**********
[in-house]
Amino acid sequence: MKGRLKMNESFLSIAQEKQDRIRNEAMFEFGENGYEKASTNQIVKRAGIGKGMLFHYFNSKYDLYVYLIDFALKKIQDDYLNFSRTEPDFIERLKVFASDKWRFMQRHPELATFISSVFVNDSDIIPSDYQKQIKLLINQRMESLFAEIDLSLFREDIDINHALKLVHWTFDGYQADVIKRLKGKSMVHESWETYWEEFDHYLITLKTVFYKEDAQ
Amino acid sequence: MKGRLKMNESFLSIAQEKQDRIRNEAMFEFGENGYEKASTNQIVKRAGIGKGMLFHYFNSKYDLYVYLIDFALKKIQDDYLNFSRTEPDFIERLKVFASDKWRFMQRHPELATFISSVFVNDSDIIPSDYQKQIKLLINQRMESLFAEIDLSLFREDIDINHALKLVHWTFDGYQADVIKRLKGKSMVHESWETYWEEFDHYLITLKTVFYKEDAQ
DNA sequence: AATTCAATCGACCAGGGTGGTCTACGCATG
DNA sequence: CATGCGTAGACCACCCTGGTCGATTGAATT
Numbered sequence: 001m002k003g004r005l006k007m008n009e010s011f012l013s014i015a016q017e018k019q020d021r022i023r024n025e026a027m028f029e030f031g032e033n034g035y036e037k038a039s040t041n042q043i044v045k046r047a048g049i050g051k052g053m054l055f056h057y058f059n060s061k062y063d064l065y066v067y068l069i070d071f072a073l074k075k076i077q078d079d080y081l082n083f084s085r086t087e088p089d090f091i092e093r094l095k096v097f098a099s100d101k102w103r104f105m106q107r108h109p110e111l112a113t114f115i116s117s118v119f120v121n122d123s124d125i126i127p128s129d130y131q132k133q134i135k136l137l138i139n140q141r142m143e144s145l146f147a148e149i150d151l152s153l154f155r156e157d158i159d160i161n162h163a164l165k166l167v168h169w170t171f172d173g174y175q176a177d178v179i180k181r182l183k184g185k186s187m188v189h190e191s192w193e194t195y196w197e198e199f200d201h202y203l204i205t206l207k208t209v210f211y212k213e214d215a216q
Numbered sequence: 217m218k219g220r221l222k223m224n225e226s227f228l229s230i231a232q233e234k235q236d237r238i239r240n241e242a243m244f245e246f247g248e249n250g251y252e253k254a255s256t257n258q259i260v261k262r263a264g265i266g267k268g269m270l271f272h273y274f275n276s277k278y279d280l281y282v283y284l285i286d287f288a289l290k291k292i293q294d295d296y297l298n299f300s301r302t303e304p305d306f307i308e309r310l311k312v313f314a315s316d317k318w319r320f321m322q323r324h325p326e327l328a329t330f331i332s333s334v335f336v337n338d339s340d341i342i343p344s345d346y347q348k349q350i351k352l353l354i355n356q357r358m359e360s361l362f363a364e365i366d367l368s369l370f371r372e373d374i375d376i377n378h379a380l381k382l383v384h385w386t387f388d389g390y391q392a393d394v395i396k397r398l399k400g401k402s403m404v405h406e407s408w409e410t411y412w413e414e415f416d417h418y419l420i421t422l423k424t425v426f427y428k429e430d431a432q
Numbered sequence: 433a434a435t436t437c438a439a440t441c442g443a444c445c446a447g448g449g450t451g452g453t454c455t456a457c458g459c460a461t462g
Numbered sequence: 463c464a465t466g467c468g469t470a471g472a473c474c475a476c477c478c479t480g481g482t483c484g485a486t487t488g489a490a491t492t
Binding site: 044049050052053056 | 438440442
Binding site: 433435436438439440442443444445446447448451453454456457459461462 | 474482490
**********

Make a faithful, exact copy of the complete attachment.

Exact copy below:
[in-house]
Amino acid sequence: MKGRLKMNESFLSIAQEKQDRIRNEAMFEFGENGYEKASTNQIVKRAGIGKGMLFHYFNSKYDLYVYLIDFALKKIQDDYLNFSRTEPDFIERLKVFASDKWRFMQRHPELATFISSVFVNDSDIIPSDYQKQIKLLINQRMESLFAEIDLSLFREDIDINHALKLVHWTFDGYQADVIKRLKGKSMVHESWETYWEEFDHYLITLKTVFYKEDAQ
Amino acid sequence: MKGRLKMNESFLSIAQEKQDRIRNEAMFEFGENGYEKASTNQIVKRAGIGKGMLFHYFNSKYDLYVYLIDFALKKIQDDYLNFSRTEPDFIERLKVFASDKWRFMQRHPELATFISSVFVNDSDIIPSDYQKQIKLLINQRMESLFAEIDLSLFREDIDINHALKLVHWTFDGYQADVIKRLKGKSMVHESWETYWEEFDHYLITLKTVFYKEDAQ
DNA sequence: AATTCAATCGACCAGGGTGGTCTACGCATG
DNA sequence: CATGCGTAGACCACCCTGGTCGATTGAATT
Numbered sequence: 001m002k003g004r005l006k007m008n009e010s011f012l013s014i015a016q017e018k019q020d021r022i023r024n025e026a027m028f029e030f031g032e033n034g035y036e037k038a039s040t041n042q043i044v045k046r047a048g049i050g051k052g053m054l055f056h057y058f059n060s061k062y063d064l065y066v067y068l069i070d071f072a073l074k075k076i077q078d079d080y081l082n083f084s085r086t087e088p089d090f091i092e093r094l095k096v097f098a099s100d101k102w103r104f105m106q107r108h109p110e111l112a113t114f115i116s117s118v119f120v121n122d123s124d125i126i127p128s129d130y131q132k133q134i135k136l137l138i139n140q141r142m143e144s145l146f147a148e149i150d151l152s153l154f155r156e157d158i159d160i161n162h163a164l165k166l167v168h169w170t171f172d173g174y175q176a177d178v179i180k181r182l183k184g185k186s187m188v189h190e191s192w193e194t195y196w197e198e199f200d201h202y203l204i205t206l207k208t209v210f211y212k213e214d215a216q
Numbered sequence: 217m218k219g220r221l222k223m224n225e226s227f228l229s230i231a232q233e234k235q236d237r238i239r240n241e242a243m244f245e246f247g248e249n250g251y252e253k254a255s256t257n258q259i260v261k262r263a264g265i266g267k268g269m270l271f272h273y274f275n276s277k278y279d280l281y282v283y284l285i286d287f288a289l290k291k292i293q294d295d296y297l298n299f300s301r302t303e304p305d306f307i308e309r310l311k312v313f314a315s316d317k318w319r320f321m322q323r324h325p326e327l328a329t330f331i332s333s334v335f336v337n338d339s340d341i342i343p344s345d346y347q348k349q350i351k352l353l354i355n356q357r358m359e360s361l362f363a364e365i366d367l368s369l370f371r372e373d374i375d376i377n378h379a380l381k382l383v384h385w386t387f388d389g390y391q392a393d394v395i396k397r398l399k400g401k402s403m404v405h406e407s408w409e410t411y412w413e414e415f416d417h418y419l420i421t422l423k424t425v426f427y428k429e430d431a432q
Numbered sequence: 433a434a435t436t437c438a439a440t441c442g443a444c445c446a447g448g449g450t451g452g453t454c455t456a457c458g459c460a461t462g
Numbered sequence: 463c464a465t466g467c468g469t470a471g472a473c474c475a476c477c478c479t480g481g482t483c484g485a486t487t488g489a490a491t492t
Binding site: 044049050052053056 | 438440442
Binding site: 433435436438439440442443444445446447448451453454456457459461462 | 474482490